If you’re not in the car market right now, this is the perfect time to begin preparing your credit score for a car loan. Because you have no immediate need for a car or a loan, you’ll have the luxury of time to prepare.
Even if you don’t plan to buy a car for at least another year, this is the time to begin monitoring your credit score on a regular basis. If your credit score doesn’t look like it’ll allow you to get advantageous financing, take steps now to improve the situation.
Help Improve Your Credit Score
- Make ALL payments on time from this point forward.
- Have any negative errors removed from your credit report.
- Pay down or pay off credit cards or loans to lower your credit utilization ratio.
- If you have any past due balances or collections, pay them off immediately.
The sooner you act on any or all of the above, the greater the improvement in your credit score will be. That’s because some credit improvement strategies need time to produce the biggest gains.
If you get started now, before you need financing, you’ll be ready when the time comes. And it’s probably something close to a 50% chance that when it does, it’ll be sudden.
No matter if it does play out that way – you’ll be prepared when it does.
How to Get a Loan Approval with a Bad Credit Score
What options do you have if you have an immediate need for financing for a car, and don’t have time to improve your credit score?
Fortunately, there are at least six strategies to choose from:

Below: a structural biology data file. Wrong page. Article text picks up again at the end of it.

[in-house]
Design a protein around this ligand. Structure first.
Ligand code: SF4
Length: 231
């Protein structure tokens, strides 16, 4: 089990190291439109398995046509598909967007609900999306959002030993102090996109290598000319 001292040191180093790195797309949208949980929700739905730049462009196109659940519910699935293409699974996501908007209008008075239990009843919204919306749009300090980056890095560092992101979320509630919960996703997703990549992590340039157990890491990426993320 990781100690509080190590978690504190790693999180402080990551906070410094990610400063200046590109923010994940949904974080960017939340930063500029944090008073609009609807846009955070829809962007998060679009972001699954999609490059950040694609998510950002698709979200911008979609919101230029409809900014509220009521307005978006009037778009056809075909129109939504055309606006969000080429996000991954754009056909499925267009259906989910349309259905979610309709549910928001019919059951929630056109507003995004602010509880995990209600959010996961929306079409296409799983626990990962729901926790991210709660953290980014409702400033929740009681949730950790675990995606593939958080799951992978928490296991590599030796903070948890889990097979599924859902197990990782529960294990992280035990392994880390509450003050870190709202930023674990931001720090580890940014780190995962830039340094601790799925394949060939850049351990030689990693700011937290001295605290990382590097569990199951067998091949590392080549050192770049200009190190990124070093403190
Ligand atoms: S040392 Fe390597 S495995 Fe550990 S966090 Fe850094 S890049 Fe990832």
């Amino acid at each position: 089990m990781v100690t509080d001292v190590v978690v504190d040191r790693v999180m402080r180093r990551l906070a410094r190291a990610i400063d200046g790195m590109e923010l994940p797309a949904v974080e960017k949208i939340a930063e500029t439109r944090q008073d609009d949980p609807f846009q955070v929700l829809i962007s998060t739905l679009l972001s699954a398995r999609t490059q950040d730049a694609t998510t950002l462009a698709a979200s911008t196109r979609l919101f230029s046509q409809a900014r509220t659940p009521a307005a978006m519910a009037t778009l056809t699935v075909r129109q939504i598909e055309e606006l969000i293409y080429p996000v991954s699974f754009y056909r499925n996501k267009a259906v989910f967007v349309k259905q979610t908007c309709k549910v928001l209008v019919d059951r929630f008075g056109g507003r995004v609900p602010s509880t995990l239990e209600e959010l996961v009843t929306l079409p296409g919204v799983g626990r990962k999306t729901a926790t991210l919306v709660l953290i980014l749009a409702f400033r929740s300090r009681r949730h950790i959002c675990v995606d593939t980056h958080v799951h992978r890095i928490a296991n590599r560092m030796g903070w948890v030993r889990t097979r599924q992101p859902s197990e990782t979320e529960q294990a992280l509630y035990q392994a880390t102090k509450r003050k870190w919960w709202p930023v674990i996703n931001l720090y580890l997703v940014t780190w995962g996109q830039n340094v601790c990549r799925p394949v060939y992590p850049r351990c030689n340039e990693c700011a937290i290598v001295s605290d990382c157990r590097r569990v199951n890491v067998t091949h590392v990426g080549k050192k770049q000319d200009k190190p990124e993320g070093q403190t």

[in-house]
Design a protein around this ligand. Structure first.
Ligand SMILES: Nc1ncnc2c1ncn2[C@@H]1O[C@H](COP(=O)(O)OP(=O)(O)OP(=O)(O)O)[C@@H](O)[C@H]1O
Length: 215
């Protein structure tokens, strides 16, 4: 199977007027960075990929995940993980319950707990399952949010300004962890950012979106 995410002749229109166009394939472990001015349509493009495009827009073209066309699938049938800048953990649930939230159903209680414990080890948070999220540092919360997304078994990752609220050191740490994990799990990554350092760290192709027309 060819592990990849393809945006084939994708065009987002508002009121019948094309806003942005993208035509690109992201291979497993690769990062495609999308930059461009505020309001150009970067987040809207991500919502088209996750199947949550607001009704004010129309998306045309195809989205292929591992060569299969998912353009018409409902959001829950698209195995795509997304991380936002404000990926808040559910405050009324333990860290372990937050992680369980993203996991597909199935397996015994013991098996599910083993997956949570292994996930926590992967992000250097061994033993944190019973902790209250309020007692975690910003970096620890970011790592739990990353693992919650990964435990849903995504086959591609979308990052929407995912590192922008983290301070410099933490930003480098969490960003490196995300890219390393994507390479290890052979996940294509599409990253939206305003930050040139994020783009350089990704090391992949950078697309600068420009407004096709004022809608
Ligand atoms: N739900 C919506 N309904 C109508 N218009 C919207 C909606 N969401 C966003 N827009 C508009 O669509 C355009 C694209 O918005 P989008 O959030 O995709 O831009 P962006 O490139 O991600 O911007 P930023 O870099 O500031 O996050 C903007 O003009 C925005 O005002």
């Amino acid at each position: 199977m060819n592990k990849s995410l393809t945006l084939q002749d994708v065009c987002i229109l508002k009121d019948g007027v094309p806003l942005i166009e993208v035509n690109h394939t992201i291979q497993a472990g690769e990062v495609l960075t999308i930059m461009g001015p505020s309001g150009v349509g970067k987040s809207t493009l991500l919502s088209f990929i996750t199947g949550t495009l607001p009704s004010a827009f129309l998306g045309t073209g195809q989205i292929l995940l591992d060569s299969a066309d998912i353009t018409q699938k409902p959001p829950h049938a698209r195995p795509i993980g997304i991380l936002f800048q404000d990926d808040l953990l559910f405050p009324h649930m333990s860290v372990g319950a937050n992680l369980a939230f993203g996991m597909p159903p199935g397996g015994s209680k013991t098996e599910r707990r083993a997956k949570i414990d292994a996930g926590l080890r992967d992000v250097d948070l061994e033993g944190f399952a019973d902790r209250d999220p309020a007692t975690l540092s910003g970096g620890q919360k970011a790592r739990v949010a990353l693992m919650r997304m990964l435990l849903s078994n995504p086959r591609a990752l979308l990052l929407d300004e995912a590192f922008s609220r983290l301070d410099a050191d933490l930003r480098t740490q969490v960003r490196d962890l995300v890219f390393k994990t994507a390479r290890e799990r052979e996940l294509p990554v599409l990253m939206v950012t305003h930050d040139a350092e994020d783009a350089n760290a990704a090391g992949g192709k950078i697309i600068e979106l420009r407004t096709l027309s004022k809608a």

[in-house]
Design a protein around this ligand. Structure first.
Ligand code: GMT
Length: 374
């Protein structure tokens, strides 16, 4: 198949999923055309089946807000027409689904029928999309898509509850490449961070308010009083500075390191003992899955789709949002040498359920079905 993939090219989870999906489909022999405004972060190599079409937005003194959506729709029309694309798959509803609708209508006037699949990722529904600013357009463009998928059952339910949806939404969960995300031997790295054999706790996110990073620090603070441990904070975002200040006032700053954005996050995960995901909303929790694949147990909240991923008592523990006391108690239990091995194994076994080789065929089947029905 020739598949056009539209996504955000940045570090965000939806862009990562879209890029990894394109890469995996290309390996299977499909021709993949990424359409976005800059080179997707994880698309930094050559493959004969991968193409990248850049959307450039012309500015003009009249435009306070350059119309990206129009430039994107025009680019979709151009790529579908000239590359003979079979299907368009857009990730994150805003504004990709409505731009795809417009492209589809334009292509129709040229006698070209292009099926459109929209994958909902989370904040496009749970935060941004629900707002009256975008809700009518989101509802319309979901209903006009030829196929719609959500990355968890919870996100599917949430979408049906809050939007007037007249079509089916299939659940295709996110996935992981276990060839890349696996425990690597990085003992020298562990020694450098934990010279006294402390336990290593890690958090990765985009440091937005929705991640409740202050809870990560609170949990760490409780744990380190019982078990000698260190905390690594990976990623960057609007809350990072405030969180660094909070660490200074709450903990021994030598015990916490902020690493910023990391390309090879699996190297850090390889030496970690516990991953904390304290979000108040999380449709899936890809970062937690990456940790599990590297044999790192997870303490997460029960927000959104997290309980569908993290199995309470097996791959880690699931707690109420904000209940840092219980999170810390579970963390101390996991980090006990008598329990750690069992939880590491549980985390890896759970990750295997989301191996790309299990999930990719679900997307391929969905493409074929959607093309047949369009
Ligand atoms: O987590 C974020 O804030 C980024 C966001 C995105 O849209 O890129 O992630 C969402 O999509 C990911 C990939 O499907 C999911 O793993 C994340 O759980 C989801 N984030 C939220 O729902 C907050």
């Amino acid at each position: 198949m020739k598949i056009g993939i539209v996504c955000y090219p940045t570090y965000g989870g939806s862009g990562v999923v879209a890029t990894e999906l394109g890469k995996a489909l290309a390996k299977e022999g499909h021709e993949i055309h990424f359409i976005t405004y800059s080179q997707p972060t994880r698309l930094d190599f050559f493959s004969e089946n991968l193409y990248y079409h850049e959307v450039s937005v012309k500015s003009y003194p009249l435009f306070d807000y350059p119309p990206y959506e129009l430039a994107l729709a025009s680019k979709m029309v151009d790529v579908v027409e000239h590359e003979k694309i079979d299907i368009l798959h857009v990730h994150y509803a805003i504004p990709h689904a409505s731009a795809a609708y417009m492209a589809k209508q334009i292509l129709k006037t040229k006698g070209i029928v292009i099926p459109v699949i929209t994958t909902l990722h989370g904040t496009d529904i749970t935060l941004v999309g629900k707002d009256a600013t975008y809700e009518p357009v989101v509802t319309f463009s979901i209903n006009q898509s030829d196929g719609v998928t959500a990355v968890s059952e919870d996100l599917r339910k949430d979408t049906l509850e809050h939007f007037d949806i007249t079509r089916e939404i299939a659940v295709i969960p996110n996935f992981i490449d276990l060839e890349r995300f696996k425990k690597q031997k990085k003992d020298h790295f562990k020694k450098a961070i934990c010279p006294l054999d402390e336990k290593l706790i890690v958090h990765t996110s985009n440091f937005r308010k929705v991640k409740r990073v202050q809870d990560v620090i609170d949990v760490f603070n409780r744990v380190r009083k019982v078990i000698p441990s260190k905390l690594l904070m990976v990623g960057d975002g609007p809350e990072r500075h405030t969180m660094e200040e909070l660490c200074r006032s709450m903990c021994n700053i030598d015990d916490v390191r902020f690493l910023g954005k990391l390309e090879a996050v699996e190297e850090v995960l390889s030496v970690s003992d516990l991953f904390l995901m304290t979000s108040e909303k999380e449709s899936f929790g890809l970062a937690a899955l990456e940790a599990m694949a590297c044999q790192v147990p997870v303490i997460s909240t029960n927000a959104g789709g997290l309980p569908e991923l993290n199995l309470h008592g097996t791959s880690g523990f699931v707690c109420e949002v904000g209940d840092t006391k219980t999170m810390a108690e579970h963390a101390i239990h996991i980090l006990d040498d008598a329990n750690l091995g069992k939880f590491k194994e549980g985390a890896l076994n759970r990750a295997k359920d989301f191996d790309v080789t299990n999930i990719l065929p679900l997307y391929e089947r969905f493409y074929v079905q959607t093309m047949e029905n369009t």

1. Get a preapproval from your regular bank
The bank where you have your checking and other accounts is likely to take a more favorable view of your car loan application than a totally new lender. Credit unions can be an even better option since they often make favorable rates available on credit scores as low as 650. However, if your score is below 650, even credit unions may not be an option.
But if you can get a preapproval from your regular bank or credit union, it serves two very important purposes:
- It enables you to have your financing in place before you buy a car, making you a stronger buyer.
- It can force the dealer to get you a better financing deal than the one offered by your bank or credit union.
This is why applying at your bank or credit union should be your first option.
2. Shop between lenders
If you rely on a single lender to get you the best deal, especially when you have average, fair, or poor credit, you’ll be setting yourself up for a bad deal. Shopping is always an advantage, but particularly when you don’t have good or excellent credit.
Even if you get a preapproval from your bank or credit union, shop at several more lenders and always be open to financing arrangements proposed by the car dealer. You owe it to yourself to get a better financing deal if one is available.
3. Buy a used car
In the two financing examples we performed earlier, the interest rate spread based on credit score ranges is lower on used cars than it is on new cars. If your credit score is average or less, you may get a better deal buying a used car.